The new rule of thumb? Allow inflation

The new rule of thumb?  Allow inflation

Written by Chris Taylor

NEW YORK (Reuters) – If you’re feeling the effects of inflation, here’s some breaking news: your son is.

Allowances don’t go as far as they used to be.

In fact, average weekly allowances rose 3.55% during the first seven months of 2022, compared to the same period the previous year, according to data collected for Reuters by family finance app Greenlight. The average allowance is now $12.76 per week.

Most of the increase goes into the pockets of older children. From January 1 to July 29, 17-year-olds saw a spike to $19.80 per week. 18 to $22.53; and 19 years to $28.53, all of which are significant increases over the previous year.

Younger children tend to see their suits fixed, or even slightly lowered.

“After all, older kids tend to spend more in general, like buying restaurants,” says Tim Sheehan, co-founder and CEO of Greenlight. “Or they’re likely to spend on gas, if they’re 16 or older.”

Inflation is the obvious culprit here, as the price of everything seems to be going up. The annual inflation rate in August was 8.3% – down slightly from previous highs, but still eating away at parents’ salaries.

Which begs the question: How much inflation should parents account for in their decisions about the allowance, if any? Some thoughts from the experts:

Use it as a teachable moment

Whether you decide to increase your children’s benefits or not, higher prices across the board can certainly lead to some tough decisions about saving and spending – the kind of choices your children will have to make later in life.

It’s a teachable moment for Houston financial planner Jason McGraw and his two daughters, ages 10 and 12.

READ ALSO :   Taiwan's export growth in September slowed further: Reuters poll

โ€œWe are using this inflationary period to teach them how to make choices with the money they have,โ€ McGarough says. “Just because prices have gone up, that doesn’t mean you’ll get an automatic increase.”

Both daughters are making adjustments to their spending habits.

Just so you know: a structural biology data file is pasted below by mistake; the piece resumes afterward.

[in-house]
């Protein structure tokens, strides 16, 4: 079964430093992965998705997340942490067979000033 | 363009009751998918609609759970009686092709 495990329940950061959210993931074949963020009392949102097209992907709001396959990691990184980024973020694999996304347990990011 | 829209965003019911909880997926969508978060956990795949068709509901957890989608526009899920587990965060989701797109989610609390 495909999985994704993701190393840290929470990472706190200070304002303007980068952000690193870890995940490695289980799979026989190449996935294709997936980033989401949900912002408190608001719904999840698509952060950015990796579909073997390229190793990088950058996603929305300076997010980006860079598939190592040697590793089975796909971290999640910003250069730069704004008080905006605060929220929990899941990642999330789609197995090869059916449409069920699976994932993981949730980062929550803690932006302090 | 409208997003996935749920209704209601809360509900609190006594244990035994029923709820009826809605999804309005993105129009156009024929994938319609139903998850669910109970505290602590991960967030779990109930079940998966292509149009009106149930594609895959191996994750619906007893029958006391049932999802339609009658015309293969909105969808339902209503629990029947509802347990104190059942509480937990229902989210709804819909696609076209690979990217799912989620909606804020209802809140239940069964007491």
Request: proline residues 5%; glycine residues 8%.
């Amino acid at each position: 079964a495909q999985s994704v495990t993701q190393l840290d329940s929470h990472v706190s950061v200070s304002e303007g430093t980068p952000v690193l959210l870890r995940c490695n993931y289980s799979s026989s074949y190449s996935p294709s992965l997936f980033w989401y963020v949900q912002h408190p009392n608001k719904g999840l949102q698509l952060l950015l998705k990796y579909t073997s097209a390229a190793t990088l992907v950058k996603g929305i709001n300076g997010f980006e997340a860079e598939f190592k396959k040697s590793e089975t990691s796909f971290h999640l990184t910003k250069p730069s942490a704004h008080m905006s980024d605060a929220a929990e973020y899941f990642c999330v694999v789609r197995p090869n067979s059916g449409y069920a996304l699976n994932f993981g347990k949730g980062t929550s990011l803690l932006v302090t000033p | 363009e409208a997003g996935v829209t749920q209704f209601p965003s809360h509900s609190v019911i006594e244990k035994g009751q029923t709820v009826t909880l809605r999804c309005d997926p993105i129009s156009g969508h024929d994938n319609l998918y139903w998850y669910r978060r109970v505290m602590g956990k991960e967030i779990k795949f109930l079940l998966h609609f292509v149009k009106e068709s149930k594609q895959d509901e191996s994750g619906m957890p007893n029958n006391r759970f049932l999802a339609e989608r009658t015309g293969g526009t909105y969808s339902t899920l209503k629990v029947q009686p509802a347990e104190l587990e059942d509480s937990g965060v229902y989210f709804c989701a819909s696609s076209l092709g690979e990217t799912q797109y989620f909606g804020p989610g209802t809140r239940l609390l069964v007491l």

โ€œOne of them has shut down and is refusing to buy goods at inflated prices,โ€ McGarough says. “The other is still spending, but accepts that she can’t buy as much as she can last year.”

Allocate money in different buckets

If you’re giving your kids an inflation-related allowance, at least create responsible habits by making sure they don’t all go into more spending.

Financial planner Lori Allen of Manhattan Beach, Calif. uses Greenlight to split her daughter’s allocations into 30% for spending, 50% for saving, and 20% for giving.

So while $20 a week might sound great, “her fun money is only $6 a week, which I think is just right for a 10-year-old in the fifth grade,” Allen said.

Increase your chances of profit

It’s a recent fact that for someone in their late teens, $15 or $20 wouldn’t extend very far these days. So consider giving your kids the opportunity to earn more money with “one-off” business projects that might fall outside of their usual routine tasks, says Greenlight’s Sheehan.

After all, the 3.5% year-over-year increase in provisions does not actually reflect the full scope of all the inflationary pressures out there. “So it might give parents extra jobs outside of their allowance, in order to make up for inflation,” he says. “I think there’s a lot of that going on.”

READ ALSO :   Mexico won't be able to grow by 3% until 2027: IMF

Stick to the rules of thumb

Throwing a lot of money at the inflation problem is probably not a great thing, in terms of creating smart kids out of money. But it is only natural that as they get older, they will need more pocket money than they did when they were younger. So one general rule of thumb is to have benefits appropriate to the child’s age, Sheehan suggests โ€” a 12-year-old might get $12 a week, for example.

In this way, every year is an exciting event that enhances their income and helps them meet the increasing costs.

โ€œOur sonโ€™s allowances go up every year on his birthday, which gives him more responsibility every year,โ€ says Mitchell Krause, a financial planner in Santa Monica, California. “Over the years, he’s seen the cost of things rise and he’s had to figure out the best way to spend his money.”

The Latest

To Top